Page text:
Learning to Appreciate The Choice of a System

A New Found Appreciation

On my seemingly mountainous, yet steadily disintegrating, pile of Really Important Physics Things That I Never Learned in Undergrad (TM) was the importance of choosing a system when analyzing multiple objects in an interaction. Physics is, among other things, a study of how things interact, but when your analysis is only focused on one object, then deliberately choosing a system seems unnecessary. A rope pulling a crate is certainly “multiple objects interacting”, however in problems such as this, nobody actually cares about the rope. For much of the traditional kinematics/dynamics sequence, the choice of a system is largely invisible and often a single object. The car. The crate. The ball.

But this becomes a problem when anything involving a conservation law comes into play. Whether or not some quantity is conserved is completely dependent upon the chosen system. Upon reflection, I imagine the unspoken, implicit choice of “system” becomes something murky like “all the objects mentioned in the problem” or even “the entire universe.” I also suspect that not explicitly defining a system causes issues with students applying conservation laws [citation to be added later, possibly?]. If students internalize “energy conservation” as “energy doesn’t change”, then I can see that causing issues with incorporating work/change in energy into their problem solving process. Same goes with the impulse-momentum theorem and momentum.

This new appreciation for the explicit choice of a system started with a twitter conversation earlier this year in which I expressed my dislike of the phrase “closed system.” Yet until recently, I wasn’t sure how to help my students develop the same appreciation and understanding of what it means to define a system in relation to conservation laws. Until now. I think.

Introducing Momentum

My students were working through the paradigm lab for the momentum unit from the AMTA Modeling Curriculum. Two frictionless carts, one of which is spring-loaded, “explode” away from one another. Students are tasked with placing them on the track at such a location that the carts reach the edge of the track at the same time. Through varying the mass of one of the carts, students discover the inherent ratio nature of momentum and interactions and come up with the following equation (momentum is defined as mass*velocity after they come up with the top one):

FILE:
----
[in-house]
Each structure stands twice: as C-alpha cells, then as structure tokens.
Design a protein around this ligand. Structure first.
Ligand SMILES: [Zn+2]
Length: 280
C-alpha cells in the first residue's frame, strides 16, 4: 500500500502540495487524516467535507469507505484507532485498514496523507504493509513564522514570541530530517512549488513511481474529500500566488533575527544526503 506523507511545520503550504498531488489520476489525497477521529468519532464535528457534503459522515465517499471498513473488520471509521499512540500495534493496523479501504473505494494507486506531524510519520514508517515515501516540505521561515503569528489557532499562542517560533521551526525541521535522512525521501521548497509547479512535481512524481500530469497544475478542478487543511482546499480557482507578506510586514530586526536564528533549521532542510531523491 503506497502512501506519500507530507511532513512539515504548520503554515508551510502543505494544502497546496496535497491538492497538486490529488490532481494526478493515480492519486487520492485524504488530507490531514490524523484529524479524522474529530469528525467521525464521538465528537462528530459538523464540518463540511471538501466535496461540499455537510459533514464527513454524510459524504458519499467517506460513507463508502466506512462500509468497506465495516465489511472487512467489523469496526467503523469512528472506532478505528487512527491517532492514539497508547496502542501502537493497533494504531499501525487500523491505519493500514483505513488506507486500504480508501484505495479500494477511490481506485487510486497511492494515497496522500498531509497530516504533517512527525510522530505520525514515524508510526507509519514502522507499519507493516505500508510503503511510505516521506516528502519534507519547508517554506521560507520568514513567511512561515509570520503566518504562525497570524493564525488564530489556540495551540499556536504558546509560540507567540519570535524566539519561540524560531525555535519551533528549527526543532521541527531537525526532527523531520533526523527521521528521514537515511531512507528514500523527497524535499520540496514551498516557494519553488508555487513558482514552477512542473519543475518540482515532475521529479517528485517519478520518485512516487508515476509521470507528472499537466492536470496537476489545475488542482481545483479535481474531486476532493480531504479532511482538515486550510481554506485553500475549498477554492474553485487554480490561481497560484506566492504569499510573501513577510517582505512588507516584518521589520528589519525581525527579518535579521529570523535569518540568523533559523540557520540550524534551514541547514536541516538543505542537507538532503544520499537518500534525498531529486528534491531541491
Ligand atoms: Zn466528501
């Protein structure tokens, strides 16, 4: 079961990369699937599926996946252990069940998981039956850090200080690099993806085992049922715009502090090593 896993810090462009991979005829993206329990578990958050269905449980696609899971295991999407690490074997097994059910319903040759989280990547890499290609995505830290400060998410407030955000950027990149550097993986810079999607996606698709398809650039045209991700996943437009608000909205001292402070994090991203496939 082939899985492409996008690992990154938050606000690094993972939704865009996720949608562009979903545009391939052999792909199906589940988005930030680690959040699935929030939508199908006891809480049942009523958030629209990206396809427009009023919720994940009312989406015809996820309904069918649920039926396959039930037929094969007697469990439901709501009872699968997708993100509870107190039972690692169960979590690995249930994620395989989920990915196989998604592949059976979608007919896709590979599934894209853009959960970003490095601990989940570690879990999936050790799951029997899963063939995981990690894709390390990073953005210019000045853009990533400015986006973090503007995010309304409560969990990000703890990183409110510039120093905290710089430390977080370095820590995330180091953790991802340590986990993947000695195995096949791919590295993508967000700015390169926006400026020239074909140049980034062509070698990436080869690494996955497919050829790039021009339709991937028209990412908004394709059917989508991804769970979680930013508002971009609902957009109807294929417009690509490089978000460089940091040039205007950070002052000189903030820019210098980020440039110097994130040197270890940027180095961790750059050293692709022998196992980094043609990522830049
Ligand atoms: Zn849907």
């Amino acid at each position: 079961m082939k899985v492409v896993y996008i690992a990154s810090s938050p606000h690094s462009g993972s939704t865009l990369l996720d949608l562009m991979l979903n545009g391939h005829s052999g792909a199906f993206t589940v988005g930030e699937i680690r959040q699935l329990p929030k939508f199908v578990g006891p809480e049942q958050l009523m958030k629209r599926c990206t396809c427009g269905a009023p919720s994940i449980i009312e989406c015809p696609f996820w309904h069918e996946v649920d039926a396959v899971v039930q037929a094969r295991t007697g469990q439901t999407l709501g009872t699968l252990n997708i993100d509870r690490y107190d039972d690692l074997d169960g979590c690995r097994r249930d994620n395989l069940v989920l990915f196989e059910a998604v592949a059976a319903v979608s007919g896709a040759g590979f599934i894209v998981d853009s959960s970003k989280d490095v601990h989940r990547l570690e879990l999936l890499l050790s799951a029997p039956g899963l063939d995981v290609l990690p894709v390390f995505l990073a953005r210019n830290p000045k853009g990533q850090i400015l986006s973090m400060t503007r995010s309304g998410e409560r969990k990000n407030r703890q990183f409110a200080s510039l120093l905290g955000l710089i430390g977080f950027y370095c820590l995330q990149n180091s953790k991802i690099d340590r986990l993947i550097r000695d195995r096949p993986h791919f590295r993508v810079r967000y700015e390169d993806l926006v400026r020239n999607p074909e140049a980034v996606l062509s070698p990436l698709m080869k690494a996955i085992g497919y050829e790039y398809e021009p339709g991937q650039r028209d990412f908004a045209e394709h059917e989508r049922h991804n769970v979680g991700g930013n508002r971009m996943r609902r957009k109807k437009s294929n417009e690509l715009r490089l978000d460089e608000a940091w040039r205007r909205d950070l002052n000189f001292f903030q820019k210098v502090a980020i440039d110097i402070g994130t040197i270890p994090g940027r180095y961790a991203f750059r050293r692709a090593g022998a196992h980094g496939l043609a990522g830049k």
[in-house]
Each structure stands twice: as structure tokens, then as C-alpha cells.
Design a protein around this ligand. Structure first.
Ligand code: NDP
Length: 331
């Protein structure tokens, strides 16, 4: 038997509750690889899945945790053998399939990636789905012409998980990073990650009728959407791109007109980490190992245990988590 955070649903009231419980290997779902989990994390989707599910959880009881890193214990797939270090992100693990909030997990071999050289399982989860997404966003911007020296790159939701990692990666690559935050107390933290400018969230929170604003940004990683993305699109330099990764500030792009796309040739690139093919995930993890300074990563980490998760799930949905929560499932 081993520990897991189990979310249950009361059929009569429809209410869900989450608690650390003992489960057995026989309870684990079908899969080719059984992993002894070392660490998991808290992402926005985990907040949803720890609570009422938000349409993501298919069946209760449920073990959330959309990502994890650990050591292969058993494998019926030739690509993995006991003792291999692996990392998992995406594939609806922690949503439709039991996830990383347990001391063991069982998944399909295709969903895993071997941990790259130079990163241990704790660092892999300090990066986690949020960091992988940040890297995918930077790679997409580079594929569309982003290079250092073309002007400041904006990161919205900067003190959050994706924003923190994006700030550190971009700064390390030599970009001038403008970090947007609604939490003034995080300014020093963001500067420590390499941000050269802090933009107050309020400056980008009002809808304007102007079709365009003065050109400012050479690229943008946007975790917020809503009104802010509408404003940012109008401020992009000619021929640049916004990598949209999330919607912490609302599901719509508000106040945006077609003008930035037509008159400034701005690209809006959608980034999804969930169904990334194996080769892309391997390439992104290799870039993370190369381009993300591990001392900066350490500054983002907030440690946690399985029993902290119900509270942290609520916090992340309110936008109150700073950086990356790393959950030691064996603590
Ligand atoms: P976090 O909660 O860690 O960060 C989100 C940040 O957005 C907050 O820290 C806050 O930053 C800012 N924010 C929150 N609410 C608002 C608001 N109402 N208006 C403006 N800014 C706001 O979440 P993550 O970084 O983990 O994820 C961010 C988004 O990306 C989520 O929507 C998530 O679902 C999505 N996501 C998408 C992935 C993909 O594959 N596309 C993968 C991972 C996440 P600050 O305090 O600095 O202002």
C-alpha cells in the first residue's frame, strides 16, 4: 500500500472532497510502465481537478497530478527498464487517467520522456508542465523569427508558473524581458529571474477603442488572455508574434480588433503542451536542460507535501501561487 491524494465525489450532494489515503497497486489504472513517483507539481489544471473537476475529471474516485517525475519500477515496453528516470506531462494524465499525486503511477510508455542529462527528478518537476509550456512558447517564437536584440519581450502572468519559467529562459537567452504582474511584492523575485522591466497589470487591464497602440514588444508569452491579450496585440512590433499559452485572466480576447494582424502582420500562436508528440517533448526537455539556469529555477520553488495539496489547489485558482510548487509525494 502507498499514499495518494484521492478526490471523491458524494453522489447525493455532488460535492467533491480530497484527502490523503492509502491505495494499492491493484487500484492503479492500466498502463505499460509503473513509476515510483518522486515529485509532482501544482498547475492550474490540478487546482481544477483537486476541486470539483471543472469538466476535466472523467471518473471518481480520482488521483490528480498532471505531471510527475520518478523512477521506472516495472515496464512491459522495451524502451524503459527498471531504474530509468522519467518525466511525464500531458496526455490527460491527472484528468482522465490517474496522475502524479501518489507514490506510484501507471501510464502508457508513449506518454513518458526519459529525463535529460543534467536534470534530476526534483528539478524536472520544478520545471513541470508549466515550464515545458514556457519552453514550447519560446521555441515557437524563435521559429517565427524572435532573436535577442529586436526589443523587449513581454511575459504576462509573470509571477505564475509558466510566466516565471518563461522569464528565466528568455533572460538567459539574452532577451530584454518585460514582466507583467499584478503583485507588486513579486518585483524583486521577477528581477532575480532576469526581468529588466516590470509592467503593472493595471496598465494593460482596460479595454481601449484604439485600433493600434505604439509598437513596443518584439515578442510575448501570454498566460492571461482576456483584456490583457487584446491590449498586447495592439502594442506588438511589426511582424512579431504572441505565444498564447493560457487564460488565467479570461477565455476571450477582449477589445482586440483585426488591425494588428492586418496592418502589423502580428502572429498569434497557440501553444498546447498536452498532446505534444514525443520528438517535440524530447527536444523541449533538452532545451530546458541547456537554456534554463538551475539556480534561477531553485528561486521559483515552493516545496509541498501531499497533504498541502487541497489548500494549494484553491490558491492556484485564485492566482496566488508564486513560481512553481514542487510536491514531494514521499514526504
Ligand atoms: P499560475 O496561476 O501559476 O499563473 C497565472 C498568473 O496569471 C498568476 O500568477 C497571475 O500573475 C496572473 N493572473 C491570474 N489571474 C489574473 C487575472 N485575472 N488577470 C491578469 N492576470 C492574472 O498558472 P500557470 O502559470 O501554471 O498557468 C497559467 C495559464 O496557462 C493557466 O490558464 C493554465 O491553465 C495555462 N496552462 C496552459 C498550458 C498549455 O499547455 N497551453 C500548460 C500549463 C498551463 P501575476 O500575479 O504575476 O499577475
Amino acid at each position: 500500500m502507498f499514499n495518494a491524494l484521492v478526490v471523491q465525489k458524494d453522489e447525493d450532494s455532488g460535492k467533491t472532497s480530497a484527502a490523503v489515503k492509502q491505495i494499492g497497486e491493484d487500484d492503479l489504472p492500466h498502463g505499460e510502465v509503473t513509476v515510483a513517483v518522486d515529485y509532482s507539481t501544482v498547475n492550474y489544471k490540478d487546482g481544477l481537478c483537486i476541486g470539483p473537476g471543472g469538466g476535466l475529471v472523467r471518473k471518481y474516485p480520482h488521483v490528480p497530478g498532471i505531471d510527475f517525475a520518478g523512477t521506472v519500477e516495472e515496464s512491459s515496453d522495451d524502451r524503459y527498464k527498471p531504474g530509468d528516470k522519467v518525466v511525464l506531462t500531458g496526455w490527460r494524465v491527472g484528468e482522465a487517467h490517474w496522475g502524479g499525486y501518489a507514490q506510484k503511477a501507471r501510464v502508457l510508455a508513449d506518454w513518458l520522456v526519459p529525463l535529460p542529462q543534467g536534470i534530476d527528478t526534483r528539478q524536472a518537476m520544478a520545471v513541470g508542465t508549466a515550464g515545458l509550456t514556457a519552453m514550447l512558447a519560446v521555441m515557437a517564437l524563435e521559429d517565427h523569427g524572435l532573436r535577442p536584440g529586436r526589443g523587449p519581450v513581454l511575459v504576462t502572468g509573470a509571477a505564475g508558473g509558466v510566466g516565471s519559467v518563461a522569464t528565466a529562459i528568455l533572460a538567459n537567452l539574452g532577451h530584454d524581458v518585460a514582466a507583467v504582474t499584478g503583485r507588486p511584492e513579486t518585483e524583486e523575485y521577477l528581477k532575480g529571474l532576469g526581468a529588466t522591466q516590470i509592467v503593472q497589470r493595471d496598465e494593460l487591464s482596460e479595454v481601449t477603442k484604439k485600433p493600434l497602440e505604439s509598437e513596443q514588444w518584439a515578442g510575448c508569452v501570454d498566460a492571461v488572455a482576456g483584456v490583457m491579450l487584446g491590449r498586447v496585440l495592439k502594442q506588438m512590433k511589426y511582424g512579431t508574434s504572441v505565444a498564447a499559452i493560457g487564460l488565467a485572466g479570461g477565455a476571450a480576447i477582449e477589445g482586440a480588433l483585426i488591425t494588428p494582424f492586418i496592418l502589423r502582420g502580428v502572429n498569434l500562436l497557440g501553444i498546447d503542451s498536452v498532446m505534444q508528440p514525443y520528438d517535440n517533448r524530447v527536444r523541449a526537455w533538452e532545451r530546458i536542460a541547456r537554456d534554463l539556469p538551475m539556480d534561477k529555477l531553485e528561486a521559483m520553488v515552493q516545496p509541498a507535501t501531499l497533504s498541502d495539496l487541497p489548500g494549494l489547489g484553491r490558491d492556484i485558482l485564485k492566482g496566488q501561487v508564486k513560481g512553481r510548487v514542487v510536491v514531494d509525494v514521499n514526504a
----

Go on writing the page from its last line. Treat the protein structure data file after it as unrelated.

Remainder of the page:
Afterwards, they worked on using momentum bar charts to represent the experiment. I doctored the numbers a little to keep the focus on the concept of thinking proportionally while not being overshadowed by seemingly random decimals and fractions. I asked them to determine the initial (as defined before the carts exploded) total momentum and the final total momentum (as defined as after the carts stopped touching), to which their surprise was zero. Peculiar!

To be perfectly honest, I wasn’t planning what came next until the night before I did it, which is when I remembered the twitter conversation from earlier this year. As it turns out, asking students to sum up the momenta of the carts came in handy later on.

Taking a Second Look

My general strategy for students discovering foundational laws and principles is to provide them both with an experiment and a way to view the results in such a way that whatever it is I’m wanting them to discover screams at them with a megaphone “HEY! LISTEN! HEY!” until they can’t stand it anymore. In this case, I’m wanting them to discover the Law of Conservation of Momentum while simultaneously approaching the Impulse-Momentum Theorem. Students were prompted at the beginning of the class to organize their notebooks into two columns with three rows each.

do this

I started with analyzing the carts separately because that’s what they’re used to. We’d not formally discussed how to analyze a collection of objects, much less that such a thing was “allowed.” I allowed students to work primarily in their groups without assistance from me, and they required little help as all of the diagrams and analysis was nothing new to them. Once I was certain that all the groups had gotten everything, I put my analysis on the whiteboard.


The diagrams with all the circles on the left are system schemas, which were introduced months before when students were first learning how to draw free-body diagrams. Emphasis was placed on determining whether the momentum of each “system” (i.e., cart) was equal or not equal to zero, along with the final change in momentum from before, to during, to after.

Next up was for students to re-do the analysis, but treating both carts as a single system.

What’s in the booooxxxx?

What I was most worried about was the level of abstraction required for students to truly understand what it meant to analyze both carts as a single system. We hadn’t discussed center-of-mass, nor had we discussed what it would mean for the center of mass of an object or collection of objects to be located outside of those objects. While center-of-mass would be the most accurate way to articulate the effects due to conservation of momentum, it would require more new concepts and abstraction, which I was sure to be too much for my students to assimilate at once. Instead, I placed a box over both carts.